I had led a discussion on abuse. I asked which form of abuse, physical, emotional, verbal or sexual, was most prevalent in their community. Hesitation was minimal. The vast majority of both teachers and students cited sexual abuse. Teenage pregnancies were high. Girls were forced to marry at an early age. Hunger and poverty led to girls being sold, or selling themselves, sometimes for only a bag of rice. The boundary between Child Rights and Women’s Rights blurred as they explored the reality of life for young girls in their community.

    I asked teachers and students, each in their separate group, to think about what could be done, how things could improve. Acknowledging the problem openly was seen as key. The students suggested media reporting, government intervention. Their message was clear. We deserve support and help. Children should not have to experience these things. Teachers suggested education and parental involvement. Both groups wanted answers and action. The aspiration of the girl students was to complete their education and find a job, so that their subsequent life decisions were made from a position of relative strength.

    The final words I shared with them were about personal responsibility. We can turn to others to make the changes we want, but we each have the capacity to influence in some way the context in which we live. I asked them to be strong. I asked them to contribute to the changes they hoped for.

    I told them they each could be part of the solution, they each could contribute to making Kigoma an even better community.

    And she had heard me. Her final words were of latent power, of commitment, of hope. “I will be strong!” That is the message CAC endeavours to leave behind, hoping that it will take root and contribute to locally desired community changes around the world. Another first for Kigoma!

    ~ Dr. Judith Gates

  • FIRST BLOG OF 2018: CONAN IN HAITI

    February 3rd, 2018. First-Time  on-field as new CAC staff, Pedro, writes about his experience working with GOALS Haiti during the ASK for Choice program in Leogane. 

     Before starting my first trip as staff member of CAC i didn’t know anything about my destination: Haiti. It’s hard to hear from Haiti being in Spain -after visit MUPANAH one can imagine the reason-so i didn’t know what I was going to find.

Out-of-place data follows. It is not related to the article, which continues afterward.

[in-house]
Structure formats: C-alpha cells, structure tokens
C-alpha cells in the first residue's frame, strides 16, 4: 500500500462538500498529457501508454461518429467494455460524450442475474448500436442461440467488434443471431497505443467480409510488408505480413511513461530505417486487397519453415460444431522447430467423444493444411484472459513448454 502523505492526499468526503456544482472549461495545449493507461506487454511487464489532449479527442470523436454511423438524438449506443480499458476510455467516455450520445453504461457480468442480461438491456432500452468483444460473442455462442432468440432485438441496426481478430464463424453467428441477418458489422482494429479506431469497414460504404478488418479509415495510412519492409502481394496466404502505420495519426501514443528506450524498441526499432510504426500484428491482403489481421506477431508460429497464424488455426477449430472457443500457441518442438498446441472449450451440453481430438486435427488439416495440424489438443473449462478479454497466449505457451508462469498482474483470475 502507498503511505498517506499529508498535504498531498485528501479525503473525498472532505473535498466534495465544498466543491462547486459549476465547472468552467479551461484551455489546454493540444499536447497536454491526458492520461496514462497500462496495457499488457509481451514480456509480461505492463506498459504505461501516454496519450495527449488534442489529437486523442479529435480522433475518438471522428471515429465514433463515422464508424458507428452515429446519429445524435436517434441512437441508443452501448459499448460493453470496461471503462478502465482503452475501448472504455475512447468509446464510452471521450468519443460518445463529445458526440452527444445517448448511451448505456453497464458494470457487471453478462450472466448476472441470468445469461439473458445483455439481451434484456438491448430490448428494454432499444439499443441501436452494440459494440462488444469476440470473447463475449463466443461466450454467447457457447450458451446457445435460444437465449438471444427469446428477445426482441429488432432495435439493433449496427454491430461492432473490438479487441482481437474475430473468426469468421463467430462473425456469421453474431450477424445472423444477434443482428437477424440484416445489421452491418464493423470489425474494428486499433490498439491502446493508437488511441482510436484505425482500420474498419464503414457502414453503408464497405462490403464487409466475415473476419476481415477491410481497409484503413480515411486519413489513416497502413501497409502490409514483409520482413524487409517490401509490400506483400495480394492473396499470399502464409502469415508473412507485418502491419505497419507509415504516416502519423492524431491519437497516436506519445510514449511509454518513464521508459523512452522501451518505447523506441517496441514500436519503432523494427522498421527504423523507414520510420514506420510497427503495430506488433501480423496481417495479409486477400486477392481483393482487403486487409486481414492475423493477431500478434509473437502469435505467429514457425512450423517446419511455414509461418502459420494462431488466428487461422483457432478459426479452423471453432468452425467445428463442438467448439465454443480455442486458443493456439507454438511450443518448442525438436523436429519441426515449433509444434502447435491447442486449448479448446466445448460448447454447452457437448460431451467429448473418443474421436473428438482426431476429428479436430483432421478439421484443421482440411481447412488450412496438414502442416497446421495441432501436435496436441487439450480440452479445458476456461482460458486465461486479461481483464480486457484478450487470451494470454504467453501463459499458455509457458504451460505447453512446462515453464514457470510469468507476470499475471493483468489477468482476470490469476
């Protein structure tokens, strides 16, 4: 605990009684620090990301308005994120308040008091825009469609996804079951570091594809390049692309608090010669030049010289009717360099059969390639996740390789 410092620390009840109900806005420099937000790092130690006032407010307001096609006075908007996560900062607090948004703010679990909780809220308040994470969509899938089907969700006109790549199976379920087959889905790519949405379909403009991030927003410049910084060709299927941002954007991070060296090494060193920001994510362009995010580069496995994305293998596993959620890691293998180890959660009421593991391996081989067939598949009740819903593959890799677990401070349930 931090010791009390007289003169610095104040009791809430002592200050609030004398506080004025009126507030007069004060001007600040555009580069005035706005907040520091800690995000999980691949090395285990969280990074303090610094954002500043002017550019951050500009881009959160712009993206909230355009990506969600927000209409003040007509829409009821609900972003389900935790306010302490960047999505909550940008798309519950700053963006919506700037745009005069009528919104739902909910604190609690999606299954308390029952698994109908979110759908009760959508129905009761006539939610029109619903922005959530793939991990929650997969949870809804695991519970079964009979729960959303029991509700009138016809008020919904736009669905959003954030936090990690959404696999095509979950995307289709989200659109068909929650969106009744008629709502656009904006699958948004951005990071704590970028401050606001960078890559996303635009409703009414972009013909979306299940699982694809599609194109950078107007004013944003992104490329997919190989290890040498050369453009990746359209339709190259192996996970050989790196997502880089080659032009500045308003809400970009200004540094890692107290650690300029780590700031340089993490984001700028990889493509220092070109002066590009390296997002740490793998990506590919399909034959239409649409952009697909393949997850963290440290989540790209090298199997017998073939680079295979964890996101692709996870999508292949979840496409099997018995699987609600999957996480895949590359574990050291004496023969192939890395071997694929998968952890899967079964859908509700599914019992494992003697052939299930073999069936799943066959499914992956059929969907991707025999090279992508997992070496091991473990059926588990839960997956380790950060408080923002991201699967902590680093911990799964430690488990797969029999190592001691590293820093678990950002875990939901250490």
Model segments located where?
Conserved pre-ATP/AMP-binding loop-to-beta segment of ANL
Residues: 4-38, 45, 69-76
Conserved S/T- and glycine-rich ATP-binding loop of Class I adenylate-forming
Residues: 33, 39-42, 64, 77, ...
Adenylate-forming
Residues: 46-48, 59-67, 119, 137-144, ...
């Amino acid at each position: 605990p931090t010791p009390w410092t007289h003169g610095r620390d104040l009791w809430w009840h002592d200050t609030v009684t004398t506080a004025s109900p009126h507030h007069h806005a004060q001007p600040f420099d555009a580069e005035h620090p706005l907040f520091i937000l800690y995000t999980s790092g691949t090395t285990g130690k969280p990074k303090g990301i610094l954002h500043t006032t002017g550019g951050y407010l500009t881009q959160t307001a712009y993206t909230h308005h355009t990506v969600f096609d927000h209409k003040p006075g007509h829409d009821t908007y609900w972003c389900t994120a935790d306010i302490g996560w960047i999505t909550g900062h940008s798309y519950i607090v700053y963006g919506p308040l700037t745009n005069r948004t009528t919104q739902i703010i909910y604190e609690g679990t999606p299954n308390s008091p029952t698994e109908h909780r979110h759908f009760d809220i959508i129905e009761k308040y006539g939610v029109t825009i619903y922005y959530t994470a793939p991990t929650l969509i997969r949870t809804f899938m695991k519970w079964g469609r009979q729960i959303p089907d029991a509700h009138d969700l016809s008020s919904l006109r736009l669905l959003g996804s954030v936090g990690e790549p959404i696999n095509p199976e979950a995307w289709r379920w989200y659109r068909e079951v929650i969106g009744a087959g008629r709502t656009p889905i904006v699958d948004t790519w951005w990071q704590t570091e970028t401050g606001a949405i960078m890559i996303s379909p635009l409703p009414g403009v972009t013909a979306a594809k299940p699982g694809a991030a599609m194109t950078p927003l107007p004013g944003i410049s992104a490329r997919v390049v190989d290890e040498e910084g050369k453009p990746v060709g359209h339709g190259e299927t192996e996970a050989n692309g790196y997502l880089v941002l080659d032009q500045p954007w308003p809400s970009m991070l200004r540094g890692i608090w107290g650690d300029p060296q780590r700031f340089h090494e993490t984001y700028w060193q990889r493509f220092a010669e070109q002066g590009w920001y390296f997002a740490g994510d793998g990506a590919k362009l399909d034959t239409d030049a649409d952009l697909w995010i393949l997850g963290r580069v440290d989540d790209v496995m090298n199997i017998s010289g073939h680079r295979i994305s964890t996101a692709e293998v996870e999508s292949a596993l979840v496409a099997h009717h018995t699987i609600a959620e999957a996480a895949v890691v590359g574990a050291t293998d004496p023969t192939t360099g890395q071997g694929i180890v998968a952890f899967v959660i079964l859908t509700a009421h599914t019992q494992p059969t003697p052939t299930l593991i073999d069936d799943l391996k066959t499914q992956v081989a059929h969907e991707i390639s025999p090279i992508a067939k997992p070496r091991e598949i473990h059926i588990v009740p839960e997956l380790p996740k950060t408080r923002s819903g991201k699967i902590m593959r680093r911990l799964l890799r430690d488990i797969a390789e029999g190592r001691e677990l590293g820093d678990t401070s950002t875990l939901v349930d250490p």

After a quick pass through Port au Prince we arrived in Leogane for work during the week with our partner in the city, GOALS Haiti.

    Once in Haiti, and Leogane in particular, this place stopped being a stranger to me. I learned, in only five days and a half, about the importance of this city in the history of the country.

    Some examples, it was in Leogane where the taino queen Anacaona raised up against the abuses of the Spanish invaders. Since then she represents the courage of the Haitian woman and her story has been immortalized in books, songs and is represented in a large statue that presides over the main square of Leogane.

    Leogane is one of the sport’s capitols in the country. It is home to five major league sports teams -remember that it’s a city with 90.000 population-. And it’s also important because music festivals and vodou religion too (did you know vodou is a religion? I didn’t either!).

    At the same time, I had the opportunity to visit the communities where GOALS Haiti is working. It was really impressive to see the large number of children participating in the sessions and how the community respected these moments. I have seen different trainings like this in many other countries and believe me, it’s not easy to get this picture.

    Why am I telling all this? Because as the TV show “Conan in Haiti” -he’s in the country on the same days that we are – we want people to know that Haiti of course it’s not always the country it is portrayed to be – and you will know from the first moment you set foot there.

  • It’s Colombia not Columbia